What is cultured meat? How is it produced? Will it taste good? Answers to common questions about cultured meat.
What is cultured meat?
Cultured meat is the meat that is derived from animal cells, with no use of the animals themselves, and with no GM. The final outcome is an all purpose meat. The production of cultured meat begins by incubating stem cells in a media that is rich in nutrients that help the cells grow and divide, while using scaffolds and other technological aids that eventually lead to the creation of a thin layer of muscle tissue that is the edible product.
The following video shows the process of making the first cultured burger in history.
It is important to note that the foundation's research includes finding a plant-based, sustainable substitute for the fetal calf serum used in the video and it will not be used it our products.
Why cultured meat anyway?
The writing’s on the wall – Cultured meat has the potential to become the perfect industrial meat alternative: First and foremost, because it is meat. The exact same meat that people love to eat, with a different production method. Moreover, with today’s technology it is possible to control the ingredients in this food with high precision. It is possible to regulate and even avoid the unwanted: fats, hormones, etc. Lastly, cultured meat as opposed to the meat that comes from the unhygienic factory farms, will be healthier and cleaner.
Part of the diseases that origin in the consumption of animal products could become rarer and even die off. Moreover, the production of cultured meat is a simpler procedure (although temporarily more expensive) than raising animals in factory farms, which includes feeding, mobilizing and slaughtering them. The process of raising animals will be replaced with facilities that will produce the meat in a faster more sufficient way. Likewise, cultured meat does not leave us with inedible animal parts: Skin, bones, respiratory and digestive systems, etc. The savings are big and on top of that the pollution of the air, earth and water will decrease drastically. The energy that is needed to produce cultured meat does not come close to the amount of energy used by factory farms.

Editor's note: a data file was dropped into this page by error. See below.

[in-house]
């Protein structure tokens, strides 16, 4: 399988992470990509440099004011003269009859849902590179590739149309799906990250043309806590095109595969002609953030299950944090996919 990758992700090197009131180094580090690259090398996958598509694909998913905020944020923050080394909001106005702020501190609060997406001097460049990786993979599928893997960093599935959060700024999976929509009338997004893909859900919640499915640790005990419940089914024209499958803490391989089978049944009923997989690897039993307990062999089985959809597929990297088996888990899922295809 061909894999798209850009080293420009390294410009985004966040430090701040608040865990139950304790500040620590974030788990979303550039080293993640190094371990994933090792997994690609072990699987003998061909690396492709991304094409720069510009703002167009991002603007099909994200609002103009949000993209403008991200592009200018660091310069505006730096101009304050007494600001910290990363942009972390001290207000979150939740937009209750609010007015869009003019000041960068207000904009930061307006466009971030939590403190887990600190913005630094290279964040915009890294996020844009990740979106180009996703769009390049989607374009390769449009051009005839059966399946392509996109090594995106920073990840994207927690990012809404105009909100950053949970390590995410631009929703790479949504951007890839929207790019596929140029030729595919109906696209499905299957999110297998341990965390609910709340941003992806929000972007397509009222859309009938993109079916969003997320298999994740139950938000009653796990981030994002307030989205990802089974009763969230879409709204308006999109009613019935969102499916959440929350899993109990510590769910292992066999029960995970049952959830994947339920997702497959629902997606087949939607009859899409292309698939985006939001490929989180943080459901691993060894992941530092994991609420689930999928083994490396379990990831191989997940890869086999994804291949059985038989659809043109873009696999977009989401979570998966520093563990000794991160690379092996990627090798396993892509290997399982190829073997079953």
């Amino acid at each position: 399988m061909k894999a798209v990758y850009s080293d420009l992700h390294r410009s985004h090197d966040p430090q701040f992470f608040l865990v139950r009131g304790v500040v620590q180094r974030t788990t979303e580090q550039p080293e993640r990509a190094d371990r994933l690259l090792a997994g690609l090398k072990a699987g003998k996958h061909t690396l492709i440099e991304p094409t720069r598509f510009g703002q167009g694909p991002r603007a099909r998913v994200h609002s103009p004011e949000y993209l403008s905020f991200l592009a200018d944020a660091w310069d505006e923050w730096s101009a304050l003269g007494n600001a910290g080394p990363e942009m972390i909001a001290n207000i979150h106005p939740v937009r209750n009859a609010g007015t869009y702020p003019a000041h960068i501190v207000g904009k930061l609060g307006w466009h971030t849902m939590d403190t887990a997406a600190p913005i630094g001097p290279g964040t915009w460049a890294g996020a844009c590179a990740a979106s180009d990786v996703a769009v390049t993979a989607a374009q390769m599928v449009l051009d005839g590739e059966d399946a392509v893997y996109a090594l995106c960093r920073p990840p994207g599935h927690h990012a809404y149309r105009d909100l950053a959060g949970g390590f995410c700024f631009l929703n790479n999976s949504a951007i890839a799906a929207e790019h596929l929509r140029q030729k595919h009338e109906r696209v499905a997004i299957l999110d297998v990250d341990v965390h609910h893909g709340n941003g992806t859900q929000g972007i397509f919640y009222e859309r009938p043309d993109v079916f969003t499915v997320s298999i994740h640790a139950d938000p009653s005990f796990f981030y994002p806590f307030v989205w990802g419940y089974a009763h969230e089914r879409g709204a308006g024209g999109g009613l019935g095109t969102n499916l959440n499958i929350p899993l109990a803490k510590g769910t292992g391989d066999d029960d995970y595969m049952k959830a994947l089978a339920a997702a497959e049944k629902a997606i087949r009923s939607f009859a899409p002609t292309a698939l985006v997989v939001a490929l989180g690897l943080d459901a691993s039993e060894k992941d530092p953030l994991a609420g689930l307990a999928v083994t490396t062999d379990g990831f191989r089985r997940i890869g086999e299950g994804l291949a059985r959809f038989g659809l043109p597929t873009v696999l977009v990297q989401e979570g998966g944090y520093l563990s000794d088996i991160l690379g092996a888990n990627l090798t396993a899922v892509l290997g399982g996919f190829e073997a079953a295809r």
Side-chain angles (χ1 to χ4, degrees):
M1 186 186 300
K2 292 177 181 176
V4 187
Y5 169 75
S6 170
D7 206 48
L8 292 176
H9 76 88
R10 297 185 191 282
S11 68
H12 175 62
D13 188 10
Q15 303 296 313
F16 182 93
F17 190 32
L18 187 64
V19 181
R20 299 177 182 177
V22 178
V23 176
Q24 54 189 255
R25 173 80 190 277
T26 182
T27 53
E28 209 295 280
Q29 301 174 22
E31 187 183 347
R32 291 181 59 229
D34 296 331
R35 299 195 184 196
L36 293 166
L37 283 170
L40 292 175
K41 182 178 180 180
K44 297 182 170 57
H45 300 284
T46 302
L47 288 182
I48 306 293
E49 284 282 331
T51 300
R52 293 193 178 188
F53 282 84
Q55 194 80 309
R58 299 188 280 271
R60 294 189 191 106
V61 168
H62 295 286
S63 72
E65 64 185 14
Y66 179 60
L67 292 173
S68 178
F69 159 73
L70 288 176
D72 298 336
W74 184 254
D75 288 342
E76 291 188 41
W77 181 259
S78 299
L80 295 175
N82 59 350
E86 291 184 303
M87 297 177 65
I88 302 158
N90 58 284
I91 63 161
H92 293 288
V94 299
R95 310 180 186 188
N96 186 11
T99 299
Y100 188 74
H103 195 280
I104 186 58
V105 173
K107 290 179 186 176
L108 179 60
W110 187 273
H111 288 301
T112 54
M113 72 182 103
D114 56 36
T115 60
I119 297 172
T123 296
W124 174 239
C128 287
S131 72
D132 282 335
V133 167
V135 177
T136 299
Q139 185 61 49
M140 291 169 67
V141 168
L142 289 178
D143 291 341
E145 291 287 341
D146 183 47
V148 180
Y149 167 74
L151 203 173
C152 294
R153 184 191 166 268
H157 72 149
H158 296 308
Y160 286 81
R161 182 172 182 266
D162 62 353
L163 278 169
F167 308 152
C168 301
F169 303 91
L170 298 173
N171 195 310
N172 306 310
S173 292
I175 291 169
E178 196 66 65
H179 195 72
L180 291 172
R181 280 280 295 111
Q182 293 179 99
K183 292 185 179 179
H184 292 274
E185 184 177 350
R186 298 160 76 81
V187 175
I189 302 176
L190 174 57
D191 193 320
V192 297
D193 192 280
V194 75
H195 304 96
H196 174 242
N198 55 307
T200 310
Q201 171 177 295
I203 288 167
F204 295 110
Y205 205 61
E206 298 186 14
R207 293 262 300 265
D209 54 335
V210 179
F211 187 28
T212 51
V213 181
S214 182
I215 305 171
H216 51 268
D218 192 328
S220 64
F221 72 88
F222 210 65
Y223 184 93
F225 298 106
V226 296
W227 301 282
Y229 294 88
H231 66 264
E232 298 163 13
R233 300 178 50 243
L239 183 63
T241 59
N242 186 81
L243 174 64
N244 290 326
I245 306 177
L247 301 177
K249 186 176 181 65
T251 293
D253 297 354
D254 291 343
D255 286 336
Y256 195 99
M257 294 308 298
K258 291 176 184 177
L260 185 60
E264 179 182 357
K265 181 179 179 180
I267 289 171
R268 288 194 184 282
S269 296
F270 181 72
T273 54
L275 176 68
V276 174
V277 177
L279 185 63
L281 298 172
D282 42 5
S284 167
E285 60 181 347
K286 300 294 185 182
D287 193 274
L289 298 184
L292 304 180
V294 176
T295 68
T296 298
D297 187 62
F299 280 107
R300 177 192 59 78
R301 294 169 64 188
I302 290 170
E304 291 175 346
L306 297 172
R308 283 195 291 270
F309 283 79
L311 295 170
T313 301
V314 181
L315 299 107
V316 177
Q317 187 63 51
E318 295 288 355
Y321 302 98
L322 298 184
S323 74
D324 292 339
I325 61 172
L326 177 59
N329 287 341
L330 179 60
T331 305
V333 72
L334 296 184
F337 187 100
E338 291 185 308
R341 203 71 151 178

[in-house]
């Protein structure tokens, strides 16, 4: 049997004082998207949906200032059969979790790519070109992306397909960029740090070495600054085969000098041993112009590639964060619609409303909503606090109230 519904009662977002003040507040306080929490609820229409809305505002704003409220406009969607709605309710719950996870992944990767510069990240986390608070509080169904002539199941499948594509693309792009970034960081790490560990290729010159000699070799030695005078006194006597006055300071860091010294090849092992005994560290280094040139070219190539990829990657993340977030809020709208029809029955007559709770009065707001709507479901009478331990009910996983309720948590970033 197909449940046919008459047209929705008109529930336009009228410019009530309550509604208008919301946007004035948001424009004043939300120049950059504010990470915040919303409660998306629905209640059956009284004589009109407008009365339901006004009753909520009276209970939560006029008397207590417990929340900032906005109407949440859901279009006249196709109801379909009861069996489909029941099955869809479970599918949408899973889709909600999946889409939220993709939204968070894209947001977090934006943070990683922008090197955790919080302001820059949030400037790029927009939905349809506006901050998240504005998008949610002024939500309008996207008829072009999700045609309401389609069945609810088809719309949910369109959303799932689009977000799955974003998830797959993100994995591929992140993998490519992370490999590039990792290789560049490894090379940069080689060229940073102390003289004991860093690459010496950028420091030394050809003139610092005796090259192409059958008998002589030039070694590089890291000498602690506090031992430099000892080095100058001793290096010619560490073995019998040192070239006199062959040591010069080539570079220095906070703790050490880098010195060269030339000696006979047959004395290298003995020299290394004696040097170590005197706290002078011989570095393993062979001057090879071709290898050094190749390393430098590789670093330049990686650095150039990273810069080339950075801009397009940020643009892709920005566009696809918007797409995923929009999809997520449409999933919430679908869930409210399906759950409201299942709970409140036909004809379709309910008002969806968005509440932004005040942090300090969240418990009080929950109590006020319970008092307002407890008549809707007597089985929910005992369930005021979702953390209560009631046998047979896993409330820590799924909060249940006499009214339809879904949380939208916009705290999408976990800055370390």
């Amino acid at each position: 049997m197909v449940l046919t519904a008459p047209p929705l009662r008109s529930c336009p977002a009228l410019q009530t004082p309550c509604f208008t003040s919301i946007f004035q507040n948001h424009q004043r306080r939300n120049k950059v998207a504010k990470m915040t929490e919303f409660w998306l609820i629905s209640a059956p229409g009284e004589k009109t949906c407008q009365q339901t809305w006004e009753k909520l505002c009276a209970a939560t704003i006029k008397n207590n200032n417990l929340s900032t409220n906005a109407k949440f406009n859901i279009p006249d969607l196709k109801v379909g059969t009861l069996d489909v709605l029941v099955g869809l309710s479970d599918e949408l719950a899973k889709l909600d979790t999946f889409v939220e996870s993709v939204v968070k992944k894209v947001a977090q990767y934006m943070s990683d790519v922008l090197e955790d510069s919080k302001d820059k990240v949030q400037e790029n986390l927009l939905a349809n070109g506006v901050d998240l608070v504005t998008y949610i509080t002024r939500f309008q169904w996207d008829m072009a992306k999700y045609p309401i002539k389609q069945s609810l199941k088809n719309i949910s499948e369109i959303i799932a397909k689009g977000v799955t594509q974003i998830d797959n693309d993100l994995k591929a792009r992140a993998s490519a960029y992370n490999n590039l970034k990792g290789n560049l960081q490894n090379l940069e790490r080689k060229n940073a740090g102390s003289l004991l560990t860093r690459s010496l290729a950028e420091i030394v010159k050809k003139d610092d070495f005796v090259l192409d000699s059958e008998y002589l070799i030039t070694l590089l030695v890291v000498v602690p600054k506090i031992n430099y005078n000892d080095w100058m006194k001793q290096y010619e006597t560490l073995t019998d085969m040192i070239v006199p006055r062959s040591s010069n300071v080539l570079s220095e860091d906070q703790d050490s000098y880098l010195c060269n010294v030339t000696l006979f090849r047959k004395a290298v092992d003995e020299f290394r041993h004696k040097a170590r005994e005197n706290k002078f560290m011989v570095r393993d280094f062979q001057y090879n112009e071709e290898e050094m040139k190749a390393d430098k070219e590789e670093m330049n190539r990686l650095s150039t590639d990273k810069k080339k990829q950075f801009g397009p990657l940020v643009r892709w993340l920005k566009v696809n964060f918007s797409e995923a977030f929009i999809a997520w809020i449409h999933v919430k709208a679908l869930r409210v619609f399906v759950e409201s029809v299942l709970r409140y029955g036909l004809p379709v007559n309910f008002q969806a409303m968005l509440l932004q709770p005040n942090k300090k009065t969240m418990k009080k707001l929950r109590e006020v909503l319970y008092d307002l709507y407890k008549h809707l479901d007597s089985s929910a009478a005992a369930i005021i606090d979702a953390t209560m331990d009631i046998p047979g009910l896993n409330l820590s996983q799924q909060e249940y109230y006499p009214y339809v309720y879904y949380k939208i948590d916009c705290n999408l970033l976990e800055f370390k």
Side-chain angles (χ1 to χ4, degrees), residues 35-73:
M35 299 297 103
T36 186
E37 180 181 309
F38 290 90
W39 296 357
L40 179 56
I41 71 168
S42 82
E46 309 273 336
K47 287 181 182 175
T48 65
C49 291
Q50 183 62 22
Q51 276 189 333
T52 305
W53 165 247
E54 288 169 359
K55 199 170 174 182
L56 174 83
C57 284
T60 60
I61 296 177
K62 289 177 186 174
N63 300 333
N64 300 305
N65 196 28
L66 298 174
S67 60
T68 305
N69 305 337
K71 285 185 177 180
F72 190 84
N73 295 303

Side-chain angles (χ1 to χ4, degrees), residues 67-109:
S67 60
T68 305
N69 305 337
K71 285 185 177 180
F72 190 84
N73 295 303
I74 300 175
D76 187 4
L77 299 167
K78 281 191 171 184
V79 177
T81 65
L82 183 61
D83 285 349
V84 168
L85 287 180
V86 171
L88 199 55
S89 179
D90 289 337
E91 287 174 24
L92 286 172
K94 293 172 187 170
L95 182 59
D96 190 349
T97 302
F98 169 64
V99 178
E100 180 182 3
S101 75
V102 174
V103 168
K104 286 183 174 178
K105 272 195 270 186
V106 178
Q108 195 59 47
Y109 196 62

Is cultured meat natural?
Cultured meat is natural just like cheese, corn, yogurt and wine are natural. There's no doubt that cultured meat is more natural than the conventional meat produced through factory farming, since farm animals were put through the years of artificial selection to create animals with distorted body proportions. On top of that, animals in factory farms receive unnatural substances (like synthetic hormones to speed growth), and food enriched with antibiotics.
It's important to remember that every type of food humans eat today has been interfered with to some extent by the human race. In the case of plants for example, it is impossible to find a product that hasn't been through aggressive interference by humans (whether by geneticly modifying it or by artificially modifying it), to make it better suited for our needs (for example longer shelf time, higher resistance to pathogens, size, juiciness, growth rate etc.).
Cultured meat, therefore, is as legitimate as any other food that is bought in a store, be it plant based or animal derived.
Why would people want to eat meat created in a laboratory?
Cultured meat would not be created in a lab. As of today, the product is still in development, in order to make quality, tasty and cheaper meat, so there is use of labs. However, this is not different from other foods we eat, be they fruits and vegetables or animal products. Any foods that are on an industrial/agricultural assembly line underwent, at some point in their history, research in a lab to improve their taste, their shelf lives, etc. Researchers around the world are working to improve cultured meat. Once this happens, cultured meat will be produced industrially, most likely in some kind of brewery (similar to how beer is made) and not in a lab.